Hart says critical NHS paper 'discussion not a report'

Edwina Hart AM
Image caption Edwina Hart said it was "amazing" to focus on "some little discussion paper"

The health minister has denied claims she deliberately suppressed a critical analysis of the NHS in Wales.

Edwina Hart faced questions about the document by management consultants McKinsey, who predicted a financial black hole.

"There is no McKinsey report - this is a discussion document," said Mrs Hart, adding that "loads" were produced to start discussions.

The Liberal Democrats want a formal investigation of Mrs Hart's conduct.

Opposition AMs said the contents should have been made available to NHS staff.

Earlier, the BMA in Wales said it was "unusual" it had not been given a copy and called for more openness.

Mrs Hart, who faced health questions in the assembly, said: "There are loads and loads of discussion documents prepared all the time by my officials, by LHB officials, chairs, chief executives, just to generate, and start off a discussion.

"I don't accept the fact that there hasn't been clinical engagement, we have medical directors on board, we have everything in terms of the new structures, how people can engage.

"To focus on some little discussion paper rather than the whole of the discussion that has taken place is amazing.

"I appreciate that it is opportune, when you think that you have found something of significance, to bandy it around politically. But I'm not into that game."

Black hole

The document was obtained by the Liberal Democrats, and was brandished by party leader Kirsty Williams during First Minister's questions on Tuesday.

The analysis by consultants McKinsey shows a financial black hole for the NHS of hundreds of millions of pounds over coming years.

It also says that strategic objectives are too numerous, not prioritised, and politically nonviable, and that many initiatives are financially unaffordable.

First Minister Carwyn Jones had earlier mounted a strong defence of Ms Hart, saying her critics were wrong to suggest she misled the assembly.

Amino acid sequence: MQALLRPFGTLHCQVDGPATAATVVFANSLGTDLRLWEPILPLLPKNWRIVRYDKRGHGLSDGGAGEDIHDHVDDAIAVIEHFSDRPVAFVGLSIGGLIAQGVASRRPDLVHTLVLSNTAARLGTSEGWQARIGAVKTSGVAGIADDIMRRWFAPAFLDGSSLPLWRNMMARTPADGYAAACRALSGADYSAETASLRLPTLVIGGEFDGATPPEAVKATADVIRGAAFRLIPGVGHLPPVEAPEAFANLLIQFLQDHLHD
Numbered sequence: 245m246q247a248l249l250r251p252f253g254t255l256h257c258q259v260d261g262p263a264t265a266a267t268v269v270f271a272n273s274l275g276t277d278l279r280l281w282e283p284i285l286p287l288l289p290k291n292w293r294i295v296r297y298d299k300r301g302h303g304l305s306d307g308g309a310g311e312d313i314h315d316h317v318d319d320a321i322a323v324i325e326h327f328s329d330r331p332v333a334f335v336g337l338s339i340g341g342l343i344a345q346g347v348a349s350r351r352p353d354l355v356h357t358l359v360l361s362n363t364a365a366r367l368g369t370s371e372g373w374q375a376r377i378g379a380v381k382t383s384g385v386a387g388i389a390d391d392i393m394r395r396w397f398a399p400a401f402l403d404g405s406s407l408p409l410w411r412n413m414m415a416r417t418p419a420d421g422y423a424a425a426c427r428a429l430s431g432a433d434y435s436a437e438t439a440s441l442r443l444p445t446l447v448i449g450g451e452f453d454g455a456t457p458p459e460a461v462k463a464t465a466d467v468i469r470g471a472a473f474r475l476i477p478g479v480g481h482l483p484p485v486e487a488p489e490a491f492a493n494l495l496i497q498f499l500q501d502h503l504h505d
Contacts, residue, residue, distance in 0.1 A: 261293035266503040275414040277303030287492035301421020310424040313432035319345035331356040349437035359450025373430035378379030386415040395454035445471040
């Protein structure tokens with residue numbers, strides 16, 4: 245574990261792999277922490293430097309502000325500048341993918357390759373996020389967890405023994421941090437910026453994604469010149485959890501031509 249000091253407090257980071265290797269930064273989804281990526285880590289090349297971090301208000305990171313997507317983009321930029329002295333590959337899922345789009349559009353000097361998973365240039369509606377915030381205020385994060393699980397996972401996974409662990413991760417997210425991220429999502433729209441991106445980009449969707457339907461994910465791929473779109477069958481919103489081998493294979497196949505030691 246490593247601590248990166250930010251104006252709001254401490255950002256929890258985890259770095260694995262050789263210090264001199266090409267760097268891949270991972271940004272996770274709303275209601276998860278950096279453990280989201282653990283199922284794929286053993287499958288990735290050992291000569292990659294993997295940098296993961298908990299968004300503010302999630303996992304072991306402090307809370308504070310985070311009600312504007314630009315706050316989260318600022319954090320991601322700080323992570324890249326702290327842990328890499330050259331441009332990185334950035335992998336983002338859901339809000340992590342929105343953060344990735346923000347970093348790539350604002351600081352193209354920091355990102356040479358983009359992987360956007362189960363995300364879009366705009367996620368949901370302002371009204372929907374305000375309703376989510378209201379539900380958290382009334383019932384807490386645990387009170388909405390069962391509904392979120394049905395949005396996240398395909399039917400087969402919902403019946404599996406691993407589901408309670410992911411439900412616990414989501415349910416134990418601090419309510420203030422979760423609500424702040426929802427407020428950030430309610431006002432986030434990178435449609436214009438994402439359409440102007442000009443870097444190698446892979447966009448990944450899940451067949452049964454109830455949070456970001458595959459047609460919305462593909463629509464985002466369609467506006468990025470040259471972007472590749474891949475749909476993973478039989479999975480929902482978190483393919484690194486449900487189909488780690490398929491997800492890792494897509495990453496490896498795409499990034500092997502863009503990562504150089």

He also said the document obtained by the Liberal Democrats was one of numerous inputs and analyses for a much wider five-year financial and strategic framework for the NHS in Wales.

Mrs Hart had previously said there was "no formal document for scrutiny".

Liberal Democrat AM Peter Black held up the McKinsey document in the chamber, saying, "Minister, it seems to be that this report is very much like the Cheshire Cat, it keeps disappearing, only to leave its smile behind, or in this case, its grimace."

Kirsty Williams has now written a letter to the First Minister demanding he formally investigate Mrs Hart's conduct.

She wrote: "Your health minister said that there is no McKinsey report but I have a copy. She said there is no formal document for scrutiny - but again, I have a copy.

"The suggestion by your official spokesperson that this is not a 'report' but a 'document' is at best a flimsy defence that will not fool the people of Wales.

"Call it what you will, it is now clear that your minister has suppressed a document of critical importance to the NHS in Wales in order to cover up the criticism of her own leadership of her department."

'Staggering absence of transparency'

In a later statement, a spokesman for the Welsh Assembly Government said: "The (health) minister has not misled anyone. There is no McKinsey report. "

The spokesman said the document produced by Ms Williams was "one such example" of "numerous inputs and analysis" which formed part of a five-year plan for the NHS.

He added: "The minister has been transparent throughout the whole process."

But Conservative health spokesman Andrew RT Davies AM said there was a "staggering absence of transparency" and that his own correspondence on the issue had not been answered.

"This culture of blatant mismanagement and secrecy must come to an end immediately," he said.

"How can we allow a health minister to tell AMs a critical report does not exist, when it so obviously does?

"Our health service is currently going through a period of excessive cuts and reorganisation. Its staff need a health department they can trust. This is not it."

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